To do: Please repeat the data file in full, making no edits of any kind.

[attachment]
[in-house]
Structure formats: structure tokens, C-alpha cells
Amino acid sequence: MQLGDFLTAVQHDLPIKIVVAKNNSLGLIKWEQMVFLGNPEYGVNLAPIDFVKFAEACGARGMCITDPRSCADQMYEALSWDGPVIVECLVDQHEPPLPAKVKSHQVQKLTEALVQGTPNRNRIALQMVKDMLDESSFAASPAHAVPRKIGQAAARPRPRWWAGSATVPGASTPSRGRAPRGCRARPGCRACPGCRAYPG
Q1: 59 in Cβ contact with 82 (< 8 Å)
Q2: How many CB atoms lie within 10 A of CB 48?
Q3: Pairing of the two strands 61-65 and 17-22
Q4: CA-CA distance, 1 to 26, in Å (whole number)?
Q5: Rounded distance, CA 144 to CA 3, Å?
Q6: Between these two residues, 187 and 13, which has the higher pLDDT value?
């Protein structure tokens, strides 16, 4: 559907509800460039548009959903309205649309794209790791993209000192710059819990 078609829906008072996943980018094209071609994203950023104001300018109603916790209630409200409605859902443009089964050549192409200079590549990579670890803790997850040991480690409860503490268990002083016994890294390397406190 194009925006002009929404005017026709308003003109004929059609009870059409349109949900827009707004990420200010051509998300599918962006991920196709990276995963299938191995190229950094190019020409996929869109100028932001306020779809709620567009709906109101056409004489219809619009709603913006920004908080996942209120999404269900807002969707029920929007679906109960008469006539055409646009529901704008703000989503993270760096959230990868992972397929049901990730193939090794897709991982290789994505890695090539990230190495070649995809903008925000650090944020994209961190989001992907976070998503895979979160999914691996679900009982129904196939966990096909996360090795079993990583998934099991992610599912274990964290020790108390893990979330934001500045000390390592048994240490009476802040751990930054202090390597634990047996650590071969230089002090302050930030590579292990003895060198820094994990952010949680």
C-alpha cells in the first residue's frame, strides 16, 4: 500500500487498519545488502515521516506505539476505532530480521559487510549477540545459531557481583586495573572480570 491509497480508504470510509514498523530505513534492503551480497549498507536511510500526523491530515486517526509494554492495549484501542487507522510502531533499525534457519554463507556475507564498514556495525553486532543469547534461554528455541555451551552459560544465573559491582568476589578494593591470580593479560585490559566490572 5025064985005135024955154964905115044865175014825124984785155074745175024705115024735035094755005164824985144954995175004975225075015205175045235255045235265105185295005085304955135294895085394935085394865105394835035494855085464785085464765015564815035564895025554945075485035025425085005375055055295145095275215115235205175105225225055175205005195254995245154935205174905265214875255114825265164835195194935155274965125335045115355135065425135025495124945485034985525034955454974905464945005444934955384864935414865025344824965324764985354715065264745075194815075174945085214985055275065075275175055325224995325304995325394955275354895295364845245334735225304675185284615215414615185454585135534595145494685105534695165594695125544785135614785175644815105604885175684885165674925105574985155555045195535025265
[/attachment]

[in-house]
Structure formats: structure tokens, C-alpha cells
Amino acid sequence: MQLGDFLTAVQHDLPIKIVVAKNNSLGLIKWEQMVFLGNPEYGVNLAPIDFVKFAEACGARGMCITDPRSCADQMYEALSWDGPVIVECLVDQHEPPLPAKVKSHQVQKLTEALVQGTPNRNRIALQMVKDMLDESSFAASPAHAVPRKIGQAAARPRPRWWAGSATVPGASTPSRGRAPRGCRARPGCRACPGCRAYPG
Q1: 59 in Cβ contact with 82 (< 8 Å)
Q2: How many CB atoms lie within 10 A of CB 48?
Q3: Pairing of the two strands 61-65 and 17-22
Q4: CA-CA distance, 1 to 26, in Å (whole number)?
Q5: Rounded distance, CA 144 to CA 3, Å?
Q6: Between these two residues, 187 and 13, which has the higher pLDDT value?
């Protein structure tokens, strides 16, 4: 559907509800460039548009959903309205649309794209790791993209000192710059819990 078609829906008072996943980018094209071609994203950023104001300018109603916790209630409200409605859902443009089964050549192409200079590549990579670890803790997850040991480690409860503490268990002083016994890294390397406190 194009925006002009929404005017026709308003003109004929059609009870059409349109949900827009707004990420200010051509998300599918962006991920196709990276995963299938191995190229950094190019020409996929869109100028932001306020779809709620567009709906109101056409004489219809619009709603913006920004908080996942209120999404269900807002969707029920929007679906109960008469006539055409646009529901704008703000989503993270760096959230990868992972397929049901990730193939090794897709991982290789994505890695090539990230190495070649995809903008925000650090944020994209961190989001992907976070998503895979979160999914691996679900009982129904196939966990096909996360090795079993990583998934099991992610599912274990964290020790108390893990979330934001500045000390390592048994240490009476802040751990930054202090390597634990047996650590071969230089002090302050930030590579292990003895060198820094994990952010949680």
C-alpha cells in the first residue's frame, strides 16, 4: 500500500487498519545488502515521516506505539476505532530480521559487510549477540545459531557481583586495573572480570 491509497480508504470510509514498523530505513534492503551480497549498507536511510500526523491530515486517526509494554492495549484501542487507522510502531533499525534457519554463507556475507564498514556495525553486532543469547534461554528455541555451551552459560544465573559491582568476589578494593591470580593479560585490559566490572 5025064985005135024955154964905115044865175014825124984785155074745175024705115024735035094755005164824985144954995175004975225075015205175045235255045235265105185295005085304955135294895085394935085394865105394835035494855085464785085464765015564815035564895025554945075485035025425085005375055055295145095275215115235205175105225225055175205005195254995245154935205174905265214875255114825265164835195194935155274965125335045115355135065425135025495124945485034985525034955454974905464945005444934955384864935414865025344824965324764985354715065264745075194815075174945085214985055275065075275175055325224995325304995325394955275354895295364845245334735225304675185284615215414615185454585135534595145494685105534695165594695125544785135614785175644815105604885175684885165674925105574985155555045195535025265